Leni impeachment likely
We hear a lot about impeachment these days—first, a complaint against President Rodrigo Duterte for alleged culpable violation of the Constitution, betrayal of public trust, bribery, hidden wealth and what-have-you, and then, against Vice President Leni Robredo for betrayal of public trust, even treason.
The impeachment case against the President is about the more than 7,000 deaths in relation to his administration’s war on drugs, and on the killings by the Davao Death Squad when he was still mayor of Davao City.
The complaint against Robredo, on the other hand, was the aftermath of her message at an event of the United Nations Commission on Narcotic Drugs where she portrayed the Philippines as a failed state. Adding flavor to her claims, Robredo even talked about “palit-ulo” —whenever a target for illegal drugs was not around, the police would target the relatives instead.
Speaker Pantaleon Alvarez has called Robredo’s message to the UN a betrayal of public trust.
Impeachment originates at the House of Representatives, and our Congress is now dominated by the so-called supermajority.
So as to the complaint against President Duterte, filed by Magdalo Rep. Gary Alejano (remember that Magdalo was led by now Senator Antonio Trillanes IV, a known Duterte critic), I am certain it will not even pass the committee level. If the lower House can railroad the death penalty bill, it can very easily dismiss an impeachment complaint against the President.
It will be the opposite case for Robredo. Even as I write this column now, there are moves in Congress to push the impeachment complaint. The endorsement of Solicitor General Jose Calida does not hurt.
I heard Robredo’s message to the UN body. My immediate reaction was that it was a stupid thing for a vice president to do. It is just one person’s opinion, of course, but she is the vice president of the republic! She is a lawyer—she should have known better.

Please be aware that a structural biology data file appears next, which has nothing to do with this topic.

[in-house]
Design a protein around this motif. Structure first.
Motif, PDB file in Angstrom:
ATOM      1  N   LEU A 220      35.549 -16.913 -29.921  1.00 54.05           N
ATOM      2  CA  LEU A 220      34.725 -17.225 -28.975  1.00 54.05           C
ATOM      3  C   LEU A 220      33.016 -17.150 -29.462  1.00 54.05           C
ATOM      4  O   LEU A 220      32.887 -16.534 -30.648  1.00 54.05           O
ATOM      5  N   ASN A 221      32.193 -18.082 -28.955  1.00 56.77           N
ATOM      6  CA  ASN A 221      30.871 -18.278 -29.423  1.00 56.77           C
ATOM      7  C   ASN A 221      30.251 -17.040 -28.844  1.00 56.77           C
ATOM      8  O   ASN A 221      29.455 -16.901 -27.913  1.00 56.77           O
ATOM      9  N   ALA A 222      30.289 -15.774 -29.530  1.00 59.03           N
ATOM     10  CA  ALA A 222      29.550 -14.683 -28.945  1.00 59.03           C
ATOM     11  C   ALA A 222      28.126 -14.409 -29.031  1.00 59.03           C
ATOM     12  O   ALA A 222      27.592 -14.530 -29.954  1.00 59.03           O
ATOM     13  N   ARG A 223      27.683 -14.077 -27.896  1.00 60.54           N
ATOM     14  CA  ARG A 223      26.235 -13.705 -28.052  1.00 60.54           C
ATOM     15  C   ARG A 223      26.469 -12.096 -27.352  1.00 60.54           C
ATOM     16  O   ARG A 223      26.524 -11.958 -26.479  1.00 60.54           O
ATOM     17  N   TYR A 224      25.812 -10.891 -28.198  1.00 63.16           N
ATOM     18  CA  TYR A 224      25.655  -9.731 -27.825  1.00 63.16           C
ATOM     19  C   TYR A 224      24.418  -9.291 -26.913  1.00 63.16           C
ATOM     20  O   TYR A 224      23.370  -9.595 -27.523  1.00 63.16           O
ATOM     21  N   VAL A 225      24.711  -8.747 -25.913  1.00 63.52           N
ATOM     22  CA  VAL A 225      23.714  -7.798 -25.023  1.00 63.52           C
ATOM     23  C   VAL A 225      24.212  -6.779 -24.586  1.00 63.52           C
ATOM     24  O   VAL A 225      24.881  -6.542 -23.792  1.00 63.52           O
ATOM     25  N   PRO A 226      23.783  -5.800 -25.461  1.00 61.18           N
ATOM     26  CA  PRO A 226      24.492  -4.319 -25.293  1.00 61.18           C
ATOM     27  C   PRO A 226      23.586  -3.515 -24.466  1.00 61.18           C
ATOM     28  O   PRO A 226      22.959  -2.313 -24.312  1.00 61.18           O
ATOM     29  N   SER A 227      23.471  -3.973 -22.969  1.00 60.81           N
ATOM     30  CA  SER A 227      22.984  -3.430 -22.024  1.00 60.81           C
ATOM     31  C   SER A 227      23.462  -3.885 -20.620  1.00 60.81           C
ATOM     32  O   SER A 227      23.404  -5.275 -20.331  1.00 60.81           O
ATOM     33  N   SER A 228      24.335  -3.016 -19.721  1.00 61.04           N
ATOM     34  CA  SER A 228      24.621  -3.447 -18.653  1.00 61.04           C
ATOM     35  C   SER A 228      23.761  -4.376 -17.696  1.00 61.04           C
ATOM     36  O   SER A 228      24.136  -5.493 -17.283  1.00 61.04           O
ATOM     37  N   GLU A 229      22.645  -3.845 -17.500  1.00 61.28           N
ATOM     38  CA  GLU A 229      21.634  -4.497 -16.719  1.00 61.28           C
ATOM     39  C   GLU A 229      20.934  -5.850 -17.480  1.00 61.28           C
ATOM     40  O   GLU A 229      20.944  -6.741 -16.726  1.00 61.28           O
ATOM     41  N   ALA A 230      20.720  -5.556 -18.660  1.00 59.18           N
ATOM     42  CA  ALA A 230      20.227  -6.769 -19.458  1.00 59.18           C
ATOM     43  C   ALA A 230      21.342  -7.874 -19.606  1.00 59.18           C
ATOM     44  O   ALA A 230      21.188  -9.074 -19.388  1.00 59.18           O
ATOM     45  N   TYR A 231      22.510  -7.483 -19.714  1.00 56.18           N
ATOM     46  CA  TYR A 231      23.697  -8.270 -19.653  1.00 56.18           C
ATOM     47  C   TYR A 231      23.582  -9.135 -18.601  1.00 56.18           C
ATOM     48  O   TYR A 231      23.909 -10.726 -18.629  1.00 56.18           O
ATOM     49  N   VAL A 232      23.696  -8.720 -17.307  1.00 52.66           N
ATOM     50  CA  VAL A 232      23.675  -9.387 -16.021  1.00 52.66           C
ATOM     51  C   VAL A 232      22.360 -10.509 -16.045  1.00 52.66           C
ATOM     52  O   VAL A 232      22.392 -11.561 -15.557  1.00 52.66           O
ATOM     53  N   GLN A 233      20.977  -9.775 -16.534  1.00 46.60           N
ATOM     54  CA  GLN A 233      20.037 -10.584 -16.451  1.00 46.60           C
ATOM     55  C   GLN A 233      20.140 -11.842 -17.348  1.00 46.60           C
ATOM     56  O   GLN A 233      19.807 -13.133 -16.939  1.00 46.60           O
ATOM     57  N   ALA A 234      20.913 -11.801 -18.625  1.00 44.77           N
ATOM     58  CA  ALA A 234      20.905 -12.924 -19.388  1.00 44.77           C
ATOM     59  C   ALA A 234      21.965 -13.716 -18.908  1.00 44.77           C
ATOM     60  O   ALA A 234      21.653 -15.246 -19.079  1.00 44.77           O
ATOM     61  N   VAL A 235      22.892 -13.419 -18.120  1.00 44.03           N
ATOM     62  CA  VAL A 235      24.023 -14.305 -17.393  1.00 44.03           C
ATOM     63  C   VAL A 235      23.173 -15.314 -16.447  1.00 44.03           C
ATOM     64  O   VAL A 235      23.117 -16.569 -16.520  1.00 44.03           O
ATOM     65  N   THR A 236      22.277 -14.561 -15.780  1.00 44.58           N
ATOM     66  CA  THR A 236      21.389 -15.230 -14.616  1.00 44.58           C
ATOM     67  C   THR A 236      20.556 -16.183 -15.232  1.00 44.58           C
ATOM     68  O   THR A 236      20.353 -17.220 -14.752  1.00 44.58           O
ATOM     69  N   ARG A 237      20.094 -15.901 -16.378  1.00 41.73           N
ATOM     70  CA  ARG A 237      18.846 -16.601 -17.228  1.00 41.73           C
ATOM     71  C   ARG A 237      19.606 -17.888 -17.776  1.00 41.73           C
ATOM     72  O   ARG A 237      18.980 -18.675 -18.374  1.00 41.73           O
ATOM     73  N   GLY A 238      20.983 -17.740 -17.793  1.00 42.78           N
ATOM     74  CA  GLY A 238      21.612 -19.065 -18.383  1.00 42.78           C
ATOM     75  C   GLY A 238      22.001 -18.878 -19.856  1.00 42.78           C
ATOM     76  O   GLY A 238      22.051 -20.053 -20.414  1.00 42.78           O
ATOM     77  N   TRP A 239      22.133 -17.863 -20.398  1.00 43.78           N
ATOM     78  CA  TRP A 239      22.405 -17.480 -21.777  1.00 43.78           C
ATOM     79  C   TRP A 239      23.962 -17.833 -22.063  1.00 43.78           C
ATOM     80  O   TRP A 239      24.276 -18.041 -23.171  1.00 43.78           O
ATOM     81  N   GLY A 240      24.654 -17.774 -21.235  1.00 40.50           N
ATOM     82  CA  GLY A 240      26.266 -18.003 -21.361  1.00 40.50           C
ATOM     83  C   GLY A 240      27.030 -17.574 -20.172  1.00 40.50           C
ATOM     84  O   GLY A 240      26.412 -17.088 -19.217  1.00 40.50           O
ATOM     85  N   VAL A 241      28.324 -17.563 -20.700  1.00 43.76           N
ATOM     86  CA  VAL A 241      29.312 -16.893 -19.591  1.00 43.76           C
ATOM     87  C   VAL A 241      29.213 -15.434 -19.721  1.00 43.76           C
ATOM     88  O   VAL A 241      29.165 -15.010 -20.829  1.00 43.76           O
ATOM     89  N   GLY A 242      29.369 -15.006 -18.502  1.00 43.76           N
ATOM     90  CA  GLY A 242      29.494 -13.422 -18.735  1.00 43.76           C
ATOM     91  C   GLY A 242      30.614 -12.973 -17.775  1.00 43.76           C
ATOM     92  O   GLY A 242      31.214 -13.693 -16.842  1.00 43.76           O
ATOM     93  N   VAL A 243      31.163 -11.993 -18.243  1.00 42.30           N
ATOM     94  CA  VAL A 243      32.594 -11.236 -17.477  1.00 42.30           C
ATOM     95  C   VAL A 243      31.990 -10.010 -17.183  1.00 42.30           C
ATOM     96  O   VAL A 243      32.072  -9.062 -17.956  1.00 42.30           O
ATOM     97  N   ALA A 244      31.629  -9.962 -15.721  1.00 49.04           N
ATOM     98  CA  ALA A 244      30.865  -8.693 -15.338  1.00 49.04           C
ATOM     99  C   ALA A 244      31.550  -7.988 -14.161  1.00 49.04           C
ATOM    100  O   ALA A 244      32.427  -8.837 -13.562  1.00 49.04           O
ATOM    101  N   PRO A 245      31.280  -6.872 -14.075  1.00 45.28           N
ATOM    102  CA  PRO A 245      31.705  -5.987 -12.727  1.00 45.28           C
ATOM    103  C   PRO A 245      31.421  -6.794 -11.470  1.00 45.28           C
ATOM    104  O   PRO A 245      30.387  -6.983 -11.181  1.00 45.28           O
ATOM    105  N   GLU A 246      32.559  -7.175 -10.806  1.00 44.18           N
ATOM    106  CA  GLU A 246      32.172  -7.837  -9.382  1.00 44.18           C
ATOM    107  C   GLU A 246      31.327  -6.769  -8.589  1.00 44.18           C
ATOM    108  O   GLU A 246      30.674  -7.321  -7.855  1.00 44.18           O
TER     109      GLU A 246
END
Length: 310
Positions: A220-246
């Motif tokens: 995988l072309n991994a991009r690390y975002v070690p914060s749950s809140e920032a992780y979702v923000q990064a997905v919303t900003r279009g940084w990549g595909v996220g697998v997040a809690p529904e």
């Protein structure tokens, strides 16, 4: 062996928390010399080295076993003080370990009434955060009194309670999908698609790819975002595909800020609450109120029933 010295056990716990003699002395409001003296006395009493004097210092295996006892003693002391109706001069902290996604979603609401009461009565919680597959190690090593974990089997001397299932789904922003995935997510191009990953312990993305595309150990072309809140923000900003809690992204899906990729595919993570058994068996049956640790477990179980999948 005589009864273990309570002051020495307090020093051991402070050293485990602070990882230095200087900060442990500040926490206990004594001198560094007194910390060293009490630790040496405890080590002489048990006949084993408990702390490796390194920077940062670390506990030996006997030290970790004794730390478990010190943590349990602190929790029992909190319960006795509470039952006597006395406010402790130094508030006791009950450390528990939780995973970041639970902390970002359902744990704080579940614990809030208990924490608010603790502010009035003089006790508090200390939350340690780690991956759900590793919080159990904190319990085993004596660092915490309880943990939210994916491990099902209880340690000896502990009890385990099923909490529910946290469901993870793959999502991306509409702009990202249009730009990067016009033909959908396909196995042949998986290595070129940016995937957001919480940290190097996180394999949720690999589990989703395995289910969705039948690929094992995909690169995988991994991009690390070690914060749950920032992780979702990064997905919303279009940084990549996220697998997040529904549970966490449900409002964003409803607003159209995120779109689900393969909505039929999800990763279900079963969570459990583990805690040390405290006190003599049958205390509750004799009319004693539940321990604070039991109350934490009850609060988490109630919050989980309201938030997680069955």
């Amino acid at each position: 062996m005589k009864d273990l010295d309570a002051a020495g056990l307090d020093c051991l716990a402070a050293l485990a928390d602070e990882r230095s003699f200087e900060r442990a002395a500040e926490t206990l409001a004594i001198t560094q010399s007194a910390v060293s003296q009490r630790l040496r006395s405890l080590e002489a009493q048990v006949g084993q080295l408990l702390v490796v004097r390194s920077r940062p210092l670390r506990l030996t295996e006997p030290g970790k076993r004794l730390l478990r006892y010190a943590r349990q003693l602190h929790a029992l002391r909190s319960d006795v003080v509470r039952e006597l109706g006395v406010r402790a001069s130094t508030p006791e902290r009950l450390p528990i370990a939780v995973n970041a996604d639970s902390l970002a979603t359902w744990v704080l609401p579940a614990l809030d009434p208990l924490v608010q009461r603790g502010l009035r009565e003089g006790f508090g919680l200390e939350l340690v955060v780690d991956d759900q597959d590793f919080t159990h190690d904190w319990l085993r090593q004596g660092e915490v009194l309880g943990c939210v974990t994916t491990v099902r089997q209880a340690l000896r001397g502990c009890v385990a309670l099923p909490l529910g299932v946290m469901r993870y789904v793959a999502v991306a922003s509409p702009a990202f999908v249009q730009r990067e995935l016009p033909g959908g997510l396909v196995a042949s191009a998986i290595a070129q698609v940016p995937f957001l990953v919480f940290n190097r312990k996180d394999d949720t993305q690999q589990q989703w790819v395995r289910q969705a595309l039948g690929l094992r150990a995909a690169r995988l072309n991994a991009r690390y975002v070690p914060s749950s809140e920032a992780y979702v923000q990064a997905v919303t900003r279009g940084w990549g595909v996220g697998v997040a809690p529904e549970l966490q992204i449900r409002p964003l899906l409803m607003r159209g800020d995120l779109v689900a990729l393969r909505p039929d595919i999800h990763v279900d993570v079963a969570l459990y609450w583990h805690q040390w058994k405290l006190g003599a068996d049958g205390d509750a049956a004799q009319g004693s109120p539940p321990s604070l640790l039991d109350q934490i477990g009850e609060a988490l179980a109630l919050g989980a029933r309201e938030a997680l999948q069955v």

All things considered, Alvarez should now make good on his threat to file an impeachment case against Robredo for that stupid message to the UN. Robredo and the Liberal Party should realize the futility of the destabilization campaign they are attempting on the Duterte administration.
The allies of President Duterte should not talk of any destabilization attempts, either. They know that the President still enjoys the support of the majority of Filipinos. The economic growth is being sustained so there is no cause to oust him.
As I have been writing, no amount of so-called destabilization attempts will succeed without the support of the Armed Forces.
But here is a question: If the Vice President is impeached and convicted by the Senate, who will be Vice President?
Section 9 of Article VII of the Constitution provides: “Whenever there is a vacancy in the Office of the Vice President during the term for which he was elected, the President shall nominate a vice president from among the members of the Senate and the House of Representatives who shall assume office upon confirmation by a majority of all members of both Houses of Congress, voting separately.”
Note well that the Constitution will not confer the title of vice president to former Senator Bongbong Marcos automatically unless the Presidential Electoral Tribunal decides in his favor in his electoral protest against Robredo.
There are two members of the House of Representatives I’d like to commend for their conviction and competence.
The first is former President, now Rep. Gloria Macapagal Arroyo, who lost her position as deputy speaker for Central Luzon because she opposed the death penalty bill.
She knew she would lose her deputy speakership, yet she voted the way she did, anyway.
Another House member I would like to congratulate is Mindoro Rep. Josephine Ramirez-Sato for her manner of questioning during the Commission on Appointments’ confirmation hearing of former Foreign Affairs Secretary Perfecto Yasay and Environment and Natural Resources Secretary Regina Lopez.
Sato was responsible for the CA’s rejection of Yasay. It was her questions that led to the revelation that Yasay was lying about his citizenship. The questions she threw at Lopez also convinced CA members to bypass the latter.
It’s likely Lopez’s appointment would be rejected when Congress resumes its session on May 3.
I listened to what happened during the confirmation hearings of Yasay and Lopez. I never doubted Sato’s competence. She is an excellent member of both the Philippine Bar and California Bar.
I was in Subic almost two weeks ago, and it did not surprise me that the freeport is as clean as it should be.
Subic Freeport surroundings are garbage-free. Trees are trimmed. The people I know there all say that the combination of Martin Diño as chairman and lawyer Wilma Eisma as administrator make a good combination.